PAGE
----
Instruments known as solid-state telescopes (SSTs), built with detectors fabricated at Lawrence Berkeley National Laboratory and carried aboard the recently launched THEMIS mission, have delivered their first data on how charged particles in the solar wind interact with Earth's magnetic field to shape the planet's magnetosphere.
THEMIS's principal investigator is Vassilis Angelopoulos of the University of California at Berkeley's Space Sciences Laboratory (SSL), which is leading the mission for NASA and which designed and built the instruments in collaboration with agencies in Germany, France, and Austria.One of the five THEMIS spacecraft prior to launch. Its two solid-state telescope units, each with two opposite-facing SSTs incorporating four silicon detectors each, are mounted on the near edge. Credit: UC Berkeley Space Sciences Laboratory
The first NASA mission comprised of five different coordinated spacecraft, all five THEMIS spacecraft were launched from Cape Canaveral together aboard a single rocket on February 17, 2007. Eventually the five will study the mysterious eruptions in Earth's Northern and Southern Lights known as "substorms," but first they must achieve widely separated orbits, a process that will take several months.
An acronym for Time History of Events and Macroscopic Interactions during Substorms, THEMIS will obtain the evidence needed to solve what principal investigator Angelopoulos calls "a nagging question that the field has to resolve" -- namely, competing theories about where auroral substorms originate in the magnetosphere.
As one of several instrument systems carried aboard the five THEMIS spacecraft, the solid-state telescopes will gather some of the most important evidence. The SSTs' job is to measure the energy distribution of electrons and ions (charged atoms and atomic nuclei) arriving at each spacecraft from different parts of the sky. To do this, the SSTs use custom-built silicon diode detectors made in Berkeley Lab's Microsystems Laboratory by Craig Tindall, Steve Holland, and Nick Palaio of the Engineering Division.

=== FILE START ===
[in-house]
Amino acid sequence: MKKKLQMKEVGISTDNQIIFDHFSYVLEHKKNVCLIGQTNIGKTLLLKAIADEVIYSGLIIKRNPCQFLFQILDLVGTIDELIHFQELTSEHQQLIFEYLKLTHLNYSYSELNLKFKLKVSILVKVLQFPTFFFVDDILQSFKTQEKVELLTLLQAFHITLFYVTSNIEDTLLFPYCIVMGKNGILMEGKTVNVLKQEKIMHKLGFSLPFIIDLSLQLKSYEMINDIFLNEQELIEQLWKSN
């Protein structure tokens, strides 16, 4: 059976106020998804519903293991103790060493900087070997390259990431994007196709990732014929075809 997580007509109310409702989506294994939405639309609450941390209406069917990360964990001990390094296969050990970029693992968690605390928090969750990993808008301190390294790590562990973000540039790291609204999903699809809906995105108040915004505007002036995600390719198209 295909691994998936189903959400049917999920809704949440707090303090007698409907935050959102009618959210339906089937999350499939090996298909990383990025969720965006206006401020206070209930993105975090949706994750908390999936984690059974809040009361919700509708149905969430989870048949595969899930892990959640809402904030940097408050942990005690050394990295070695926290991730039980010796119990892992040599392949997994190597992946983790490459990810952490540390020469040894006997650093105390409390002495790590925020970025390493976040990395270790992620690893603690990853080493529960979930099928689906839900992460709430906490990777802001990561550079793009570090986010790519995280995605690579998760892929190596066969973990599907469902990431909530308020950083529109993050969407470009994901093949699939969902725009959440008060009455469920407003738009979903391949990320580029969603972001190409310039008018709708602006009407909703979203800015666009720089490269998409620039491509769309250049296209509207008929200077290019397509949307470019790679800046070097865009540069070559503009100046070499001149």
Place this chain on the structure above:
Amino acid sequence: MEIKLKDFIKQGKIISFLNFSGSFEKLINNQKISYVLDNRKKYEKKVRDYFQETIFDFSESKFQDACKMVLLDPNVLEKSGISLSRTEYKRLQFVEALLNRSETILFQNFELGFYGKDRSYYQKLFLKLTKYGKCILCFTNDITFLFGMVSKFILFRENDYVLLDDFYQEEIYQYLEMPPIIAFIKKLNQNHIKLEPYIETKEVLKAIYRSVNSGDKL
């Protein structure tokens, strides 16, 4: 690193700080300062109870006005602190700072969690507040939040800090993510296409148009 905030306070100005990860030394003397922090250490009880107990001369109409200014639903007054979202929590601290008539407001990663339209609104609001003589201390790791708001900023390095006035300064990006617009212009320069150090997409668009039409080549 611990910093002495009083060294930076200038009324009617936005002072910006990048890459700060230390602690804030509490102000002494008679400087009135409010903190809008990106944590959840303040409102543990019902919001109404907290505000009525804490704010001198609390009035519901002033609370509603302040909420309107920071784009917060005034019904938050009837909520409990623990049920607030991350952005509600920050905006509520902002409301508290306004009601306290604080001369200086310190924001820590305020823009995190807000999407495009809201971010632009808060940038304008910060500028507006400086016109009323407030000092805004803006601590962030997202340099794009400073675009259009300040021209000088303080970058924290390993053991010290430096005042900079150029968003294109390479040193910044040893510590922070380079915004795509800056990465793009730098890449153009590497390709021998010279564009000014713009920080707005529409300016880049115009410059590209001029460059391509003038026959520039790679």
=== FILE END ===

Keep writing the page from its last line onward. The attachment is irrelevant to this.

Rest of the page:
These large-area detectors have very thin contacts, only a few hundred angstroms thick. This allows them to detect electrons and ions with energies much lower than those that can be detected with standard silicon detectors, giving the SSTs the ability to cover a wide energy range, from high to low. But because the contacts are so thin, making a sufficient quantity of the large detectors posed a significant challenge.
Says Tindall, "Berkeley Lab's Microsystems Laboratory provided advanced equipment and processes in an ultraclean environment, enabling the fabrication of these detectors with high yield."
Using the finished detectors, UC Berkeley's Davin Larson directed assembly of the solid-state telescopes at SSL. Each SST is based on four detectors; two SSTs mounted side by side and pointing in opposite directions form a unit, and two units are mounted on each spacecraft, for a total of 80 silicon diode detectors flown aboard the five spacecraft.
Berkeley Lab has a long history of creating and fabricating innovative detectors, beginning with detectors for high-energy particle experiments in accelerators and recently including detectors for space missions like STEREO, NASA's twin Solar Terrestrial Relations Observatories, launched in 2006; the Spitzer Space Telescope, launched in 2004; and RHESSI, the Ramaty High Energy Solar Spectroscopic Imager, launched in 2002.
Tindall and Palaio made detectors for the IMPACT instrument suite aboard STEREO using the same process as the THEMIS detectors; these are currently returning data on energetic solar particles.
Written from a news release by DOE/Lawrence Berkeley National Laboratory.